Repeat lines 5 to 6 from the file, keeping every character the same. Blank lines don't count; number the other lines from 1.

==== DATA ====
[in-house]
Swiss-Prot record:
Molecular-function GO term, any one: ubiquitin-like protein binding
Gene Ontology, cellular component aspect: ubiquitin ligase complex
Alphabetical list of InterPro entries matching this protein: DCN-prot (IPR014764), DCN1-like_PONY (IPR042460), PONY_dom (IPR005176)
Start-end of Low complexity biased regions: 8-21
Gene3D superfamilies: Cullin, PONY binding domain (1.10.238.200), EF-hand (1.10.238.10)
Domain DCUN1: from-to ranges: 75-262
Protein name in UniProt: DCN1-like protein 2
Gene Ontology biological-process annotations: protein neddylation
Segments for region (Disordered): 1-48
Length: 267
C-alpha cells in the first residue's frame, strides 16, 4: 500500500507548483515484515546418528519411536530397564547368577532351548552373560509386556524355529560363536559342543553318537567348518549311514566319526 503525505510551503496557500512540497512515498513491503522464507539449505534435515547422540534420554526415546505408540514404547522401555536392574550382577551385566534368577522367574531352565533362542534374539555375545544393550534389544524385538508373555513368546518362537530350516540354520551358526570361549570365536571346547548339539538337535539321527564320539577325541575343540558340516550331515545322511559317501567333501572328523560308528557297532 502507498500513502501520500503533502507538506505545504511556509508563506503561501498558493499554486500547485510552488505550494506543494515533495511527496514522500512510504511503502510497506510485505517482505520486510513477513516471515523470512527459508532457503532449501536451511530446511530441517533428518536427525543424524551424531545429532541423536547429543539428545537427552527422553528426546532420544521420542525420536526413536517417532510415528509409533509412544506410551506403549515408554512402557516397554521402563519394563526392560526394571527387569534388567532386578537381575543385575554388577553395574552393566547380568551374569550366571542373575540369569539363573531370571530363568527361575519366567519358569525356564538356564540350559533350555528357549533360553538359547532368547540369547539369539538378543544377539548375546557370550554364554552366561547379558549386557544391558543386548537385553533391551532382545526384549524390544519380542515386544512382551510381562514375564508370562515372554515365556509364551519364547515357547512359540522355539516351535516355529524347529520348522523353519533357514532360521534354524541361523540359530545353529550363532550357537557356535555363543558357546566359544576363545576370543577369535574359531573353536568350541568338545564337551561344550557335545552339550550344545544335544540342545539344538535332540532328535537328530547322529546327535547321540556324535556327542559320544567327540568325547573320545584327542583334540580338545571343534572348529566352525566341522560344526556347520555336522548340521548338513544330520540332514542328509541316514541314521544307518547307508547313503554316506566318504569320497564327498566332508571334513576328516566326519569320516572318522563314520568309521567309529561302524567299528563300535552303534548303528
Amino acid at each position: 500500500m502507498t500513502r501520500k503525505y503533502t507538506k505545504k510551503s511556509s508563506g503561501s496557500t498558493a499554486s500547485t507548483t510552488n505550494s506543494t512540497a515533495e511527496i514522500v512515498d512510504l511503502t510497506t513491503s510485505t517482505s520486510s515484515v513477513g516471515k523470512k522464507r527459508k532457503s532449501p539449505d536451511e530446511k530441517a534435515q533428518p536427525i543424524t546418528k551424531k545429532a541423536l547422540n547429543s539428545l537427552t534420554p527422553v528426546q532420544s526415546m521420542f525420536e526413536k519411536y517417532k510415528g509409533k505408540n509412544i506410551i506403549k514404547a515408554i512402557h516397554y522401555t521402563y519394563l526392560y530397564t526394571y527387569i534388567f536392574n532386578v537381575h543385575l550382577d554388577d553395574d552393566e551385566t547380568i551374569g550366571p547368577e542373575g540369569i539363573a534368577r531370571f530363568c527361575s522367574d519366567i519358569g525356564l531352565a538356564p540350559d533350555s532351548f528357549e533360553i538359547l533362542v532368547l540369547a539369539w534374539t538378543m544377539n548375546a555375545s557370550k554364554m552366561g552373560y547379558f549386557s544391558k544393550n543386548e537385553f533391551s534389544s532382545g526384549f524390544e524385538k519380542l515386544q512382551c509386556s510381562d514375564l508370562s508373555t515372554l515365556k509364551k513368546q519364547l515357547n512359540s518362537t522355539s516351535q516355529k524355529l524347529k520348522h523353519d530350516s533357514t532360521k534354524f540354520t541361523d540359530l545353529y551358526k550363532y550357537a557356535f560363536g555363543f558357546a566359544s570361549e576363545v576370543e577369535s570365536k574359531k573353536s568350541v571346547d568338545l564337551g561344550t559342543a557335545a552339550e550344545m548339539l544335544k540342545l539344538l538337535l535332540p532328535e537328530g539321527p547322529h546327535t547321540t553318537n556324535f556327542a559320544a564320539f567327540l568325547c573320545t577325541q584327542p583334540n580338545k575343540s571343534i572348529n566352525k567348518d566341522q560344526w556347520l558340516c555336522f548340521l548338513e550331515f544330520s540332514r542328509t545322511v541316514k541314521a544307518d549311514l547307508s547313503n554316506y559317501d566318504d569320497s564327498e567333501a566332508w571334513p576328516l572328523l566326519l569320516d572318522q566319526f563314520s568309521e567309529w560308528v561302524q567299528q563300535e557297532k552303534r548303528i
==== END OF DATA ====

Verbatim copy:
Alphabetical list of InterPro entries matching this protein: DCN-prot (IPR014764), DCN1-like_PONY (IPR042460), PONY_dom (IPR005176)
Start-end of Low complexity biased regions: 8-21